"Senkaku Paradox: Risking Great Power War Over Small Stakes"

By Michael E. O’Hanlon,  April 30, 2019















Professor Michael E. O’Hanlon of Brookings Institution has pubished a book recently, discussing Senkaku issues. Presently he is spreading his own information rapidly inside and outside USA. Professor Nishimura Kohyu has introduced to me today about this book. 


I have glanced into this book, finding no any history been discussed in it. Professor O’Hanlon says in the title that Senkaku is just a "small stake" in "paradox". It shows that he does not know anything about 480 years long history of Senkaku, which is located in the gateway of Japan, connecting to Taiwan Strait westward, to Luzon Island southward, as well as to South China Sea, to Malacca Strait, and to Maritime Silk Road.

In the video below, he just mentioned for 30 seconds about history,

from 10:30 to 11:30.


   I have to tell him that there are many words related to the history of the Senkaku Islands as follows:


[Late 16th - early 17th Century]

Walliam Adams (Miura Anjin, the first English Samurai, sailed through Senkaku sea area),

Tokugawa Ieyasu (First Shogun, who confirmed defense line in the far west of Senkaku),

Toyotomi Hideyoshi (Unifier of Warring States, dispatched envoy via Senkaku to Luzon),

English Factory in Hirado,

Nagasaki Magistrate,

Nagasaki Governor,

Red Seal Trade System of Shogunate (sea route pass through Senkaku sea area),

Accurate Maps of Senkakus for Red Seal Ships.

Luís Pérez Dasmariñas (Governor-General Luzon, dispatched envoy via Senkaku to Japan)

26 Martyrs of Nagasaki (reported Senkaku sea route to Luzon)

Wibrandt van Warwick (the first man been informed by China about the limit line far west of Senkaku)

Hugo Grotius (International law, concerning into east Indies affair, espeially to activities of van Warwick)


[Late 17th Century] 

People of Yonakuni Island (Transported the Dutch Cargo from Senkaku to Satsuma)

Satsuma King (Transported the Dutch cargo from Senkaku to Nagasaki)

Cornelis Reijersen (Dutch fleet commander in Taiwan, who understood Chinese limit far west Senkaku),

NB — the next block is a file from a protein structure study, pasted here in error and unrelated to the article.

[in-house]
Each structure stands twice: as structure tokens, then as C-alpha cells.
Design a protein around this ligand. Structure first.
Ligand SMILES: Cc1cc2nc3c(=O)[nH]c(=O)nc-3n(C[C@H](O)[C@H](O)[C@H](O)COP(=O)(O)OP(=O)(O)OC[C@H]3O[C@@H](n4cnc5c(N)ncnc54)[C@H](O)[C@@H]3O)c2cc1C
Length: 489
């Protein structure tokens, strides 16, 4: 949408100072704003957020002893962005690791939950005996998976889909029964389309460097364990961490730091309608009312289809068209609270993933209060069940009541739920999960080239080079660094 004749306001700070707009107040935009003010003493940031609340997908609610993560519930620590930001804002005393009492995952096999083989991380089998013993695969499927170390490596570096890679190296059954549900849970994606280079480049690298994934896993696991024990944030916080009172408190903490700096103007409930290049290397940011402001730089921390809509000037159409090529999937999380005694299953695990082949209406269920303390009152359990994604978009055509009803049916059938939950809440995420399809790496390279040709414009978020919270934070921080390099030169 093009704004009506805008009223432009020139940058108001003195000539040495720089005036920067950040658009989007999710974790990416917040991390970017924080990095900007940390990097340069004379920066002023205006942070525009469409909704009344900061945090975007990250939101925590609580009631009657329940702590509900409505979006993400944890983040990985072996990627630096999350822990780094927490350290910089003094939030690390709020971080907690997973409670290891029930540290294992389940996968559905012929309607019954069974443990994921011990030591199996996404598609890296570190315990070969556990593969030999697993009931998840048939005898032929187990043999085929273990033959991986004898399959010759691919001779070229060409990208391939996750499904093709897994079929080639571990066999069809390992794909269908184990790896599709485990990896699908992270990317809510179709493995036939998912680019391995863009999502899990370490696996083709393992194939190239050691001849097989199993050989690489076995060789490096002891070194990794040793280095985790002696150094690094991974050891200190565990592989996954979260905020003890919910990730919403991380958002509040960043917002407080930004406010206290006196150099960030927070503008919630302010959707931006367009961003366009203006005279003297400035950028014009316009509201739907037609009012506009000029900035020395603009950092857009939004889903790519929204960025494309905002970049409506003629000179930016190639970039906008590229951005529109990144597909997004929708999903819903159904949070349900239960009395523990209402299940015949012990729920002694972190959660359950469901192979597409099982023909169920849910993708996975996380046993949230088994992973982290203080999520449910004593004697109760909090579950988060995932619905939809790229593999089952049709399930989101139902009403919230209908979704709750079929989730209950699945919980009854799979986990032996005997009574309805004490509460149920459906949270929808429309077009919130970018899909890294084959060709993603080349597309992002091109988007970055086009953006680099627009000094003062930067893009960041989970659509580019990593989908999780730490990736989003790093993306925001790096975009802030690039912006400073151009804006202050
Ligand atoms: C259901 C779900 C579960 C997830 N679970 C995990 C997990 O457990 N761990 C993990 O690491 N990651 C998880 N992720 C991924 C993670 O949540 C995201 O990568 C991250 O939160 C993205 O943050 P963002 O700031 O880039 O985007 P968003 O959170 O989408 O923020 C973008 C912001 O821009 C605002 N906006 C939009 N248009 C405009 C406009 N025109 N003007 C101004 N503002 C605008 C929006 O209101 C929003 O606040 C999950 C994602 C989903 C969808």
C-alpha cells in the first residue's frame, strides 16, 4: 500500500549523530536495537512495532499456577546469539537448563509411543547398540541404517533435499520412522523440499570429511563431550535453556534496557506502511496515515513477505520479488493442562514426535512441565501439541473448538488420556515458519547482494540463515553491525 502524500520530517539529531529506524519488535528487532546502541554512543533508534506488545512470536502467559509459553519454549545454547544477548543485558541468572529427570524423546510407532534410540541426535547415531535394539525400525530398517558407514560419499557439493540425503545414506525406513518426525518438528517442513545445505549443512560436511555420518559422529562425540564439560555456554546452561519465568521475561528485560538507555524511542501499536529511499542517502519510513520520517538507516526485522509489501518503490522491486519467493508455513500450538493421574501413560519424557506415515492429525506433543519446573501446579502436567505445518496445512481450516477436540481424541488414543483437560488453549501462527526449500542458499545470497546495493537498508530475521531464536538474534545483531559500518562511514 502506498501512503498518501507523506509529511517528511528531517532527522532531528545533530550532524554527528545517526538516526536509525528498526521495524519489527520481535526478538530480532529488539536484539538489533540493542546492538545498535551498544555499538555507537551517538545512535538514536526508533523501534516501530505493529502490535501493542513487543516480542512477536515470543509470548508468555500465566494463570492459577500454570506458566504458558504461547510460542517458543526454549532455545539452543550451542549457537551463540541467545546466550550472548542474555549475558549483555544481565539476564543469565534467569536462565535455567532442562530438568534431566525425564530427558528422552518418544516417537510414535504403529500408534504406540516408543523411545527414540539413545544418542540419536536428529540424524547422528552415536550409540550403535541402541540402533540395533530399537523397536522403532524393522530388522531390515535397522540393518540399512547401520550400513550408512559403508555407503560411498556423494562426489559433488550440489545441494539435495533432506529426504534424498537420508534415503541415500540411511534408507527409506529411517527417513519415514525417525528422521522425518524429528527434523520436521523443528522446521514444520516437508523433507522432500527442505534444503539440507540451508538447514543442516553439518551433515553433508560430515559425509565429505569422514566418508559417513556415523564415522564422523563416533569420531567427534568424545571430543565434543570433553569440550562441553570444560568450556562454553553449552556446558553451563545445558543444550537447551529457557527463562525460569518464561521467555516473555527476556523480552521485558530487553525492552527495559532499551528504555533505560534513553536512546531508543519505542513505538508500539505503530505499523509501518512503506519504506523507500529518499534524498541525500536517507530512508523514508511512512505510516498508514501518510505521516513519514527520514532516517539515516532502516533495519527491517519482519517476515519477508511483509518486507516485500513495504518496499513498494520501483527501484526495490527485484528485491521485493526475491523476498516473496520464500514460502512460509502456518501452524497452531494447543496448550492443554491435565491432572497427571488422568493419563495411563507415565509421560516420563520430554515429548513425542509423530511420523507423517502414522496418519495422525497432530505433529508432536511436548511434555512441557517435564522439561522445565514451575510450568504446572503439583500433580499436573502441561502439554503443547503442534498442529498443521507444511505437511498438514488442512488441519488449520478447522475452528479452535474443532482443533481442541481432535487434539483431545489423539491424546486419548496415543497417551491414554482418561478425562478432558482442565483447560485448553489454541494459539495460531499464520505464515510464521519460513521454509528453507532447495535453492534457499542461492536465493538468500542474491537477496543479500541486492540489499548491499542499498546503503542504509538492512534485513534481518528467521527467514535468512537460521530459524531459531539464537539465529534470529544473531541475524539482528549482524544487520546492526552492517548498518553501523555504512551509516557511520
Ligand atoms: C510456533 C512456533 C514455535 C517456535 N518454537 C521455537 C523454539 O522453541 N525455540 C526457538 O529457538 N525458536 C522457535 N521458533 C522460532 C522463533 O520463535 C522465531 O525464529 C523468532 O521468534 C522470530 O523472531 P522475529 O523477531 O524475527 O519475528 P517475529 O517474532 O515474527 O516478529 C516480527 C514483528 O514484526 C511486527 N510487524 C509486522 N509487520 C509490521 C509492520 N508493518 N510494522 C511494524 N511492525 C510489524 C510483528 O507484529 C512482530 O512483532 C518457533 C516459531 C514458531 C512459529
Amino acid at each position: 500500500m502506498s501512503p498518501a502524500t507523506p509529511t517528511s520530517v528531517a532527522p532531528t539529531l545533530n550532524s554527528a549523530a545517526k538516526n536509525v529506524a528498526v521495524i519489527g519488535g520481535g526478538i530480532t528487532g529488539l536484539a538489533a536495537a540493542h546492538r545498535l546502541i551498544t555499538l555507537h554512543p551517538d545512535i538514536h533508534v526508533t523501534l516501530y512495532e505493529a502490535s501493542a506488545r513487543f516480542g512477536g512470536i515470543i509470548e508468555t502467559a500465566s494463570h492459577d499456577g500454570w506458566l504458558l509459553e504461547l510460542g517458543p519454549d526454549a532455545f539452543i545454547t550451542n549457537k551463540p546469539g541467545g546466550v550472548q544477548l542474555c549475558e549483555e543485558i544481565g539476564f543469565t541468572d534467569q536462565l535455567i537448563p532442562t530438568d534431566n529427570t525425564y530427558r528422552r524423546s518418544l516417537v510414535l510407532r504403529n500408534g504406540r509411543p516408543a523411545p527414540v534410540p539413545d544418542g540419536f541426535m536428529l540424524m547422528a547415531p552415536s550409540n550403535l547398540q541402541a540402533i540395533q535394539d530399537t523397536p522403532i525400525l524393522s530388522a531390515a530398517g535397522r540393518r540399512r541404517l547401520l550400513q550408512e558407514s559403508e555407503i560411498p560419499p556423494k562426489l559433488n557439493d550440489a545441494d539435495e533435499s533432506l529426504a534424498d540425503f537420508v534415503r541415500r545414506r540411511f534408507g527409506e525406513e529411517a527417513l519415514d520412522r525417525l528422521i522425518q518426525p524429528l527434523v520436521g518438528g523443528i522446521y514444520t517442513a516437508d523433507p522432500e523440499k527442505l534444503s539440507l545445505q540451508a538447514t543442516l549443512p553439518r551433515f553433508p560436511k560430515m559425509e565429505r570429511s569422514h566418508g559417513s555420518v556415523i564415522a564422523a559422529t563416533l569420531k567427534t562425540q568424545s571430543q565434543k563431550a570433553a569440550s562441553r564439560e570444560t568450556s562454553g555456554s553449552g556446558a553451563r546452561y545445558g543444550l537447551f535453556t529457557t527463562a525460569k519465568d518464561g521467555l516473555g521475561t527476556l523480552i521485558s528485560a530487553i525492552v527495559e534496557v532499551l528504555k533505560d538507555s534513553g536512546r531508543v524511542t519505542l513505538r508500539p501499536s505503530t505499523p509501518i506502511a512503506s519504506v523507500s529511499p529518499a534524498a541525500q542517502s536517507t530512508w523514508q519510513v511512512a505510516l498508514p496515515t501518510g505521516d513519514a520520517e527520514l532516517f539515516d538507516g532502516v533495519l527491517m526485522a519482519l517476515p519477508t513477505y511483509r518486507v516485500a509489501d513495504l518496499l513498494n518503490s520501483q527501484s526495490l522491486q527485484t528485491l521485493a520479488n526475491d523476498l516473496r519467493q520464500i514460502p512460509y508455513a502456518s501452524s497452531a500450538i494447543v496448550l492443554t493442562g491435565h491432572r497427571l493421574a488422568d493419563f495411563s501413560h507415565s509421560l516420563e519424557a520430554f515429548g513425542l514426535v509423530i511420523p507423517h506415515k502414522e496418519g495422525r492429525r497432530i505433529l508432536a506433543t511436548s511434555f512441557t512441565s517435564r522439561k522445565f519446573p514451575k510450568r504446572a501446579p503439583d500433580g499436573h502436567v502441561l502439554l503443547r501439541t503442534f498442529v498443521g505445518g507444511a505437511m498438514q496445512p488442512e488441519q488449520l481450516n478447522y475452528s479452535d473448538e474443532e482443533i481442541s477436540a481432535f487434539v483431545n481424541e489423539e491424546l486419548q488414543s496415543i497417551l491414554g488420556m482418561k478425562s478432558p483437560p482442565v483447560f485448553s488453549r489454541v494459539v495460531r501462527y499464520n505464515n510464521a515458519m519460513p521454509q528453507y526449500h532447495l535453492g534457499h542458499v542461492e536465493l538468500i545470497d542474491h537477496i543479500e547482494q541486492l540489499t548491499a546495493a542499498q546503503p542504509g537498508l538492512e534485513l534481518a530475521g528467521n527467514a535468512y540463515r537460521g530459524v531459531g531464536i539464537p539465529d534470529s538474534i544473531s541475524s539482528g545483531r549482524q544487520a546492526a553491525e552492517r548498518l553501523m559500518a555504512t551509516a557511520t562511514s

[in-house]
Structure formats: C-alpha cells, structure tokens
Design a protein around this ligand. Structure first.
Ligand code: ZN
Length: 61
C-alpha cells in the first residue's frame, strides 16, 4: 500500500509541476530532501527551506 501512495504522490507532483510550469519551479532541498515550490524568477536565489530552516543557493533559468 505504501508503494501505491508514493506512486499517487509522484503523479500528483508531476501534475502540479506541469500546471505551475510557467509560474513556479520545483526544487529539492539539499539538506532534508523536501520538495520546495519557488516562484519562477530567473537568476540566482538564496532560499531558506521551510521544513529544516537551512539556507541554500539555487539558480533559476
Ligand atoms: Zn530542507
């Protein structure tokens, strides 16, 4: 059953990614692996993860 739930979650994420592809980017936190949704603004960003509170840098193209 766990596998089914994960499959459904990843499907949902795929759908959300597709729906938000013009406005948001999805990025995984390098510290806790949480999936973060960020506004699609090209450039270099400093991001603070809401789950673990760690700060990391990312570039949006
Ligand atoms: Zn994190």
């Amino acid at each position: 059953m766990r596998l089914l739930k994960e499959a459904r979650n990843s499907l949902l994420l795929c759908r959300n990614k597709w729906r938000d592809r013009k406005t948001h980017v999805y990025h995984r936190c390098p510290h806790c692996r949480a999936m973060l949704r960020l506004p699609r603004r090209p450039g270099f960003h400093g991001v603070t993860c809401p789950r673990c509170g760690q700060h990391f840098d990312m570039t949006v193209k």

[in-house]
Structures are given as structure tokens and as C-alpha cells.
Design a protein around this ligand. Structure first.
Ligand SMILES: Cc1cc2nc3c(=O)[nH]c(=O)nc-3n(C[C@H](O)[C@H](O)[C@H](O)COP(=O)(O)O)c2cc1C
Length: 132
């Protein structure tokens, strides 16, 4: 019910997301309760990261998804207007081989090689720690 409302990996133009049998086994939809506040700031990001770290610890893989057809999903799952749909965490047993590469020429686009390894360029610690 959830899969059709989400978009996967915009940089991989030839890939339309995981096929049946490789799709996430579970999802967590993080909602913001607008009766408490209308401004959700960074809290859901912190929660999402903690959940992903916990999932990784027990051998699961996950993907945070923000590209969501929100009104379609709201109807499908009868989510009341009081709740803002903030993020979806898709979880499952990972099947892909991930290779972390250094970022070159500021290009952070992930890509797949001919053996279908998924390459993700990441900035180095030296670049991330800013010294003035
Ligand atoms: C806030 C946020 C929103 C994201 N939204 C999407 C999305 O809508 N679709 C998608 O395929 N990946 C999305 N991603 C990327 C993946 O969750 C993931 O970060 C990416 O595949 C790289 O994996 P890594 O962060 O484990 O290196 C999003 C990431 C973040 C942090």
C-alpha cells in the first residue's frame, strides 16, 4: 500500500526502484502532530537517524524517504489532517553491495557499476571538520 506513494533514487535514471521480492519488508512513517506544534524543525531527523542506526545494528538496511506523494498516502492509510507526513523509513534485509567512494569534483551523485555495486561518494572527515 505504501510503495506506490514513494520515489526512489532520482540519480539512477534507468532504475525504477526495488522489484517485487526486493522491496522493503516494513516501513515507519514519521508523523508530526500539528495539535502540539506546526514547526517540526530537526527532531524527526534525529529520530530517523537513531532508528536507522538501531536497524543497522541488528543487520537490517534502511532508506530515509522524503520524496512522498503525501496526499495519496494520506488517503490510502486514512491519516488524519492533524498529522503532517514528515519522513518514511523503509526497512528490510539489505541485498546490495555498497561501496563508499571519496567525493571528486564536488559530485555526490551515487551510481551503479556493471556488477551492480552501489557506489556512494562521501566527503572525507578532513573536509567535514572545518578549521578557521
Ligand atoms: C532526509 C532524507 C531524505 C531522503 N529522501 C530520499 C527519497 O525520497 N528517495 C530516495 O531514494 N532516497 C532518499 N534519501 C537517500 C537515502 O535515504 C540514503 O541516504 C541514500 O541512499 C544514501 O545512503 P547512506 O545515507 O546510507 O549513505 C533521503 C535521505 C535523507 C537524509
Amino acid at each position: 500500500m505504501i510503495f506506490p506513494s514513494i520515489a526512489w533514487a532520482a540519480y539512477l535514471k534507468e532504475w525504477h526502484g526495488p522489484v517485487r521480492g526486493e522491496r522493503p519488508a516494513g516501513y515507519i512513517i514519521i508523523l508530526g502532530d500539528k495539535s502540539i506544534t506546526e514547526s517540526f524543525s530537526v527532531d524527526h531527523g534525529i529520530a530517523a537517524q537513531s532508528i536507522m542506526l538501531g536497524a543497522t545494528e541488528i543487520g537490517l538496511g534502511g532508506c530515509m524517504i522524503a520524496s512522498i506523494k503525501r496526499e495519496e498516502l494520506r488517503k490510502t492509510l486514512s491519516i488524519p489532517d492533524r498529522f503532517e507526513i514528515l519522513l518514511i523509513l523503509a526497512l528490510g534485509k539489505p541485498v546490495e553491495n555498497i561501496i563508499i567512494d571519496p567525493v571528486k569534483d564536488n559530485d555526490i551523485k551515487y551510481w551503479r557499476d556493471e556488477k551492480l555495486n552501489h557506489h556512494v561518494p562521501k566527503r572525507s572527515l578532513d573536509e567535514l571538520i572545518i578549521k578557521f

Jan Pieterszoon Coen (Governor General in Java, who received the report of Chinese limit line in Taiwan Strait),

Frederick Coyett (the last governor in the Dutch Formosa, who reported the transportation of Duth cargo from Senkaku to Nagasaki)

Dutch East Inides Company (Reported the transportation of Duth cargo from Senkaku to Nagasaki)


[18th Century]

Antoine Gaubil (French Jesuit missionary to Pekin, who depicted the map of Ryukyu and Japan, all according to Pekin pronounciation in 1751),

Jean François de La Pérouse  (reached Senkaku sea area in 1787, specified Senkaku as Ryukyu territory using Gaubil's map.)  


[19th Century]

Adolf Stieler (German cartographer, who specified Senkaku as Japan in 1804)

Shou Kouki (Ryukyu nobility, the first man landed on Senkaku in 1819 and searched water source on Senkaku)

Krusenstern  (specified Senkaku as Japan in the early 19th century)

Siebold (specified Senkaku as Japan in the mid 19th century) 

Jules Verne, (specified Senkaku as Japan before Japanese annexation)

British Navy (First to land on Senkaku as European in 1845 being navigated by Ryukyu people)

"The Stieler's Hand Atlas" (drawed a national line westside of Senkaku in 1867)

"The China Sea Directory" by British Navy (specified Senkaku as Japan before Japanese annexation)


Regretably, these words have not appeared in the work of Professor O’Hanlon. I hope I coud have an opportunity to discuss history with him.